Opera has an ABC. They are Aida, Boheme and Carmen. No regional opera company ever went broke programming these blockbusters. They are all extremely popular and well-known.
Carmen, especially. Perhaps too well known.
We all know that the gypsy Carmen seduces the not-too-bright army corporal, Don Jose, and then dumps him for the flashy matador Escamillo. Death ensues while crowds cheer in the bull ring.
We hum along with the tunes: the habanera, the toreador song, the boys mocking the soldiers and their tune. The suite from the score was once one of the most programmed pieces of light classical music, rivaling Tchaikovsky’s Nutcracker Suite and Grieg’s Peer Gynt. One of Sir Thomas Beecham’s “lollipops.”
The opera comes from a novella written in 1845 by the French Romantic author Prosper Merimee. And like a movie made from a book, a few things are changed for the sake of drama.
Here are some things you probably don’t know about Georges Bizet’s Carmen:
1. Bizet’s librettists, Henri Meilhac and Ludovic Halevy, gave their bullfighter a major promotion. In Merimee’s book, he is not the noble matador, but a mere picador, a stripling named Lucas.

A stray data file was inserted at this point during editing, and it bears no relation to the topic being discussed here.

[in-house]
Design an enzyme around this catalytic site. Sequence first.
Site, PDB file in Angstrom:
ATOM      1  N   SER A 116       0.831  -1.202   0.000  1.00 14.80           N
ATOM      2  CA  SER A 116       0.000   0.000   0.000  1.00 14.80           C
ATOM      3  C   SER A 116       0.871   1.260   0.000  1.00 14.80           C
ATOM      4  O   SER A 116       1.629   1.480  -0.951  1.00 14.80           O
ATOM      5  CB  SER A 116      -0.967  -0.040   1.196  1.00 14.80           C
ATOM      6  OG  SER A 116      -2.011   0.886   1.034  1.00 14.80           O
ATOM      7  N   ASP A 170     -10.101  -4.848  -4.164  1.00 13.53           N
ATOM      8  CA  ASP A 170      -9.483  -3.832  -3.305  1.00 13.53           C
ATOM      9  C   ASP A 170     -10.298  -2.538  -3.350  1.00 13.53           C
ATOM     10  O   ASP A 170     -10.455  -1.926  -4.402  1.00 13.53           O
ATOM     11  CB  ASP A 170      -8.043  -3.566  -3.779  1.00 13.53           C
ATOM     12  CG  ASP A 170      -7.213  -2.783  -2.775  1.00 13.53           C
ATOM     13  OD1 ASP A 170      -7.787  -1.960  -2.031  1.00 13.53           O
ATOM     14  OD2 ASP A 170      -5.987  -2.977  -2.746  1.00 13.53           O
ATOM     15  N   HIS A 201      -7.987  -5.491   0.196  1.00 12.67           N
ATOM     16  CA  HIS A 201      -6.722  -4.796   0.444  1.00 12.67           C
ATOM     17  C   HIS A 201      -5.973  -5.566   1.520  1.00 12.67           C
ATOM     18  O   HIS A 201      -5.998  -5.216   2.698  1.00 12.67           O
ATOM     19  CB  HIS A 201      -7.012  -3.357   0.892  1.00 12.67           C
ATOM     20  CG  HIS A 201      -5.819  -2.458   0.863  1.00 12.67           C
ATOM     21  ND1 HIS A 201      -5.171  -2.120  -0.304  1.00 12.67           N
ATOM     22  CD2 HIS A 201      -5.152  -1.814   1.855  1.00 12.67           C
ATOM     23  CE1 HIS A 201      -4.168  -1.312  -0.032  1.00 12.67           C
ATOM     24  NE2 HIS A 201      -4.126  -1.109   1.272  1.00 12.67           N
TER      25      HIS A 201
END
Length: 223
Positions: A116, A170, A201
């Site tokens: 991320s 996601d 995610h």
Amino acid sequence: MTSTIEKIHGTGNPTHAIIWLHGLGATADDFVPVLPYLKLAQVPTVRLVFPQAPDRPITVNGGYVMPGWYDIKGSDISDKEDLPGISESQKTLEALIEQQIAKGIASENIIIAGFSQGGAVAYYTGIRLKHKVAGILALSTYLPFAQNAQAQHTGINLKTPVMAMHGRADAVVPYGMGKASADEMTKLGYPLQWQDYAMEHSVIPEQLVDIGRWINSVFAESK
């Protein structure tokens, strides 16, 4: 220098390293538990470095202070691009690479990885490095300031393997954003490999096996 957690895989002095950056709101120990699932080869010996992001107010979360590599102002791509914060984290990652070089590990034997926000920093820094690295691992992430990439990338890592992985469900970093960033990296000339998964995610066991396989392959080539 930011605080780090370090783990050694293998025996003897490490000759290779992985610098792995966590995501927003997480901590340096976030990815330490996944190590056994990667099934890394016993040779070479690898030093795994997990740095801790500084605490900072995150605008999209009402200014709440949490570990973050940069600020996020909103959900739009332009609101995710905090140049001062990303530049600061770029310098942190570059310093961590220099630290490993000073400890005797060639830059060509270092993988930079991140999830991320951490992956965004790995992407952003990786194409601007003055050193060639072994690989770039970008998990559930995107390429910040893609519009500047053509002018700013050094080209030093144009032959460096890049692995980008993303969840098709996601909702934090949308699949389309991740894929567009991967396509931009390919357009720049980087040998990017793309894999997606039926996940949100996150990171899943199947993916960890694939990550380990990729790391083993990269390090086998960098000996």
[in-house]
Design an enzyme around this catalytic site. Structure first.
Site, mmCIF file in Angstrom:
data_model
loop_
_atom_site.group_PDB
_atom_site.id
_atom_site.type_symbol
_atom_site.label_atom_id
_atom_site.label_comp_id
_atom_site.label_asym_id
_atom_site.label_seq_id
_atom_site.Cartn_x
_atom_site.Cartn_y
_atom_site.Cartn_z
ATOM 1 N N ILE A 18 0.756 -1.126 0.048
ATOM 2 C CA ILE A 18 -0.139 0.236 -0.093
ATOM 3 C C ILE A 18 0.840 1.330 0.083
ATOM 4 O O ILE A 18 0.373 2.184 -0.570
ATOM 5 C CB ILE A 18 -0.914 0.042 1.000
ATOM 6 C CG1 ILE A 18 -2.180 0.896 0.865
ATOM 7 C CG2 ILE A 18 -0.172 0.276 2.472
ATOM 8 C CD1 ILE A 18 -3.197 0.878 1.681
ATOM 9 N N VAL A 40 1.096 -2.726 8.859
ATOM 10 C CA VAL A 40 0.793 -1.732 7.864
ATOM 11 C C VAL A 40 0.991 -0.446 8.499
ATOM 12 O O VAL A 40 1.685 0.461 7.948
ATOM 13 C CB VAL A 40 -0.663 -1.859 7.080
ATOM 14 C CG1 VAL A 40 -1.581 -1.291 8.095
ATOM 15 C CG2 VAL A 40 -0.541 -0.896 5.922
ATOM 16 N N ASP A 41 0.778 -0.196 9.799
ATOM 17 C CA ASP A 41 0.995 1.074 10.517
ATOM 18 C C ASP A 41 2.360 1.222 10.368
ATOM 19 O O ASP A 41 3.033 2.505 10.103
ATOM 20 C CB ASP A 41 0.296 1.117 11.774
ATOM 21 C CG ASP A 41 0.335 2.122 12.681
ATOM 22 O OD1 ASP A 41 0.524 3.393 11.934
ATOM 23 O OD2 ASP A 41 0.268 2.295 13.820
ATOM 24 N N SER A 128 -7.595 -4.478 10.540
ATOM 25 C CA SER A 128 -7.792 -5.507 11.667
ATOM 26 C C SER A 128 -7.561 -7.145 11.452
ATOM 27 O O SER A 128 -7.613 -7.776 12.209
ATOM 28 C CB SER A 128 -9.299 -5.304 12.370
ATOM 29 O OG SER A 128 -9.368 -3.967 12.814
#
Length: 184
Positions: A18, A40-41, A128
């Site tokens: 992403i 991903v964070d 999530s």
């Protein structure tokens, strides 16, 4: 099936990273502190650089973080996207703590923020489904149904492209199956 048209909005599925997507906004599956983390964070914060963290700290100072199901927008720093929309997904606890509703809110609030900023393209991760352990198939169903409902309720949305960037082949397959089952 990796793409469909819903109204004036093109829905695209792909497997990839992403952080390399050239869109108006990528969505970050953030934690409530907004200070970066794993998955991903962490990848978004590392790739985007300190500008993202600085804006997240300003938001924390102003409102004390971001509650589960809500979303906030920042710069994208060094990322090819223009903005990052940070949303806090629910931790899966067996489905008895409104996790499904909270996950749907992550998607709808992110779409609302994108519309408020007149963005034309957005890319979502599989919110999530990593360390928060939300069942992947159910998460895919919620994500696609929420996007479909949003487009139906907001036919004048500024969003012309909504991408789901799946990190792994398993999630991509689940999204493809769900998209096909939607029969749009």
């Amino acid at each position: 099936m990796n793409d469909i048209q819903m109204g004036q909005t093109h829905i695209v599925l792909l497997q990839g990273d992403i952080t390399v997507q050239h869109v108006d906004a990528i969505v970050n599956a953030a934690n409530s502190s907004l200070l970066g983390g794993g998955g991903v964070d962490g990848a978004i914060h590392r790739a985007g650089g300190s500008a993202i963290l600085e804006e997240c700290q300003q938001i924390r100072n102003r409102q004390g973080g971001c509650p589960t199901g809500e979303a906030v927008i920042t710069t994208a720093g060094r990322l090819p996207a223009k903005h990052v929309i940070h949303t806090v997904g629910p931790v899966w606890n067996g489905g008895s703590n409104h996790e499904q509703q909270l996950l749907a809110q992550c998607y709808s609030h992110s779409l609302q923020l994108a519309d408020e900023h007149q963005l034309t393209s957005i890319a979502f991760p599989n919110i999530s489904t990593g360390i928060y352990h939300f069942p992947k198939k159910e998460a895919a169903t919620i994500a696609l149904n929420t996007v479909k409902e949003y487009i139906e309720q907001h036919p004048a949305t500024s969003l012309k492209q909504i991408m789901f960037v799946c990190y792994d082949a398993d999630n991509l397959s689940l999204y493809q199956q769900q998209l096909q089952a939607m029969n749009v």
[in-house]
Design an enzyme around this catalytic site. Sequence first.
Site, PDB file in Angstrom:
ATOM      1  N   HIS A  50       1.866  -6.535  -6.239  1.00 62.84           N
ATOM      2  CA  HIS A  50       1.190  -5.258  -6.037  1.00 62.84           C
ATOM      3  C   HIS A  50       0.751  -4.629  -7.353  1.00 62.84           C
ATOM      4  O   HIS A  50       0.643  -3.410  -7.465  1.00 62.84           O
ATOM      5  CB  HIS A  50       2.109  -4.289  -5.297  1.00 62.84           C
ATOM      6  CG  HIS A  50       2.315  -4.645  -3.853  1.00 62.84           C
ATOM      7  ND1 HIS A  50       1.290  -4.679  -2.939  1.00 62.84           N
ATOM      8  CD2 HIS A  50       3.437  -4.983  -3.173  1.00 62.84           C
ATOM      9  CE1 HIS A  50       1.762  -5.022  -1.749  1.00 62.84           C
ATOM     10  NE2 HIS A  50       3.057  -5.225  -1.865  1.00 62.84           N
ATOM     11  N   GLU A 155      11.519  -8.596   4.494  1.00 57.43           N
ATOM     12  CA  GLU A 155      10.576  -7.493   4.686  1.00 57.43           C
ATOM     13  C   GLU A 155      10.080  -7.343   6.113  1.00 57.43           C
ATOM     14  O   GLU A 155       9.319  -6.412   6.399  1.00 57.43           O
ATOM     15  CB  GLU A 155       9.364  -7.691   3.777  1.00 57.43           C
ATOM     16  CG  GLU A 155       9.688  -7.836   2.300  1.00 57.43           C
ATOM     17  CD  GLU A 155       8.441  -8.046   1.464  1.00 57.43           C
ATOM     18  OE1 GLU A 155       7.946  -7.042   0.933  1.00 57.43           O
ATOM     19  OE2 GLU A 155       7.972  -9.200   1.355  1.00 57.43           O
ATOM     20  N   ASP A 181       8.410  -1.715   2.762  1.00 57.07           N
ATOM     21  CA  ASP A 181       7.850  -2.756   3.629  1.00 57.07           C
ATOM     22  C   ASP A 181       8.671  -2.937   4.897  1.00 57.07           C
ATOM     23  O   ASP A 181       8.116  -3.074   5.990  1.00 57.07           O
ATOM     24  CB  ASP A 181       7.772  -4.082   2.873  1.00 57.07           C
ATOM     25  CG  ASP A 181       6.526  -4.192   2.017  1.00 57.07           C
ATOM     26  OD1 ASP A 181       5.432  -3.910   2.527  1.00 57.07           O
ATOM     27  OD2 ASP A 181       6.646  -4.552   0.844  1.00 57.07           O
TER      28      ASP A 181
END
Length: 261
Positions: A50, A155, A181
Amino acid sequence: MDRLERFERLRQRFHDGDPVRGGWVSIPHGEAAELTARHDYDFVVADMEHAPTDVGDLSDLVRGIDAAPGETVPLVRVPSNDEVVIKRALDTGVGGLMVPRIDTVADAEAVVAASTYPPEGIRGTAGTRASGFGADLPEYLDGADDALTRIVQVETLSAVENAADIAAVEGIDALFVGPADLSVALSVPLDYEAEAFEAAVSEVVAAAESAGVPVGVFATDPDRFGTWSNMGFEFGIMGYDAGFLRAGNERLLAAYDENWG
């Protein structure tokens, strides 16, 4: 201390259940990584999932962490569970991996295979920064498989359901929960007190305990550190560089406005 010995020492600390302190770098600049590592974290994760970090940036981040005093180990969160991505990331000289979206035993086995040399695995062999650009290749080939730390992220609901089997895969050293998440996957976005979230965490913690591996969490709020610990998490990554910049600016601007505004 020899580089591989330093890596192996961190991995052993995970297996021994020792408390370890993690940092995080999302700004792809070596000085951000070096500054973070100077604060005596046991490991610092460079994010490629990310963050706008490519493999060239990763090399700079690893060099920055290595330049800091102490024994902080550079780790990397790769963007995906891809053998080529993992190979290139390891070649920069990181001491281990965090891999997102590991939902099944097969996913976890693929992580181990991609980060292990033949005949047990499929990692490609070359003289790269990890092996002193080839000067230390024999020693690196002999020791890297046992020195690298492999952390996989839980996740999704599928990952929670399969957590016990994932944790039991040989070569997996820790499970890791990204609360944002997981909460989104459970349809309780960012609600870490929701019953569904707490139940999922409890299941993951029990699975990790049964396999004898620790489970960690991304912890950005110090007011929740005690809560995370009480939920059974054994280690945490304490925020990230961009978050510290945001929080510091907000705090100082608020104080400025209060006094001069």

2. The famous Habanera (“L’amour est un oiseau rebelle“) was an afterthought.
The mezzo hired to sing the part of Carmen didn’t like the aria Bizet had first written. He tried 10 times to come up with something, eventually writing the single most famous tune from the opera. Or did he? Turns out, he stole the melody from an earlier tune, called El Arreglito, by Sebastian Yradier who had only recently died. Yes, Bizet plagiarized the melody. When the score to Carmen was published, Bizet had to add a note acknowledging his source.
3. The first recording of Carmen (1908) was sung in German. “Liebe ist wie ein wilder Vogel.” Oy.
4. More than 60 films have been made of the story. Oddly, the first 17 were silent films. Silent opera is rather like dancing on the radio. That list of silent films includes one by Cecil B. DeMille, from 1915, which was based on the original novel because the producers didn’t want to pay the rights to the opera and chose the public-domain novel instead. They then changed the book’s plot to match the opera’s. Among the silent Carmens were Theda Bara (1915, directed by Raoul Walsh), Pola Negri (1918, directed by Ernst Lubitsch) and Delores Del Rio (1927, also directed by Walsh).
5. Recent Carmens tend to stretch the story or the music. Like Beyonce in Carmen: A Hip Hopera (2001), or the 1983 Carlos Saura masterpiece, which turns it into a flamenco dance. Also on the list: Carmen on Ice (1990); Karmen Gei (2001), which sets the story in Senegal; Carmen Jones (1954), with Dorothy Dandridge and Harry Belafonte; and most recently the powerful South African township version, U-Carmen eKhayalitsha. Check it out on DVD.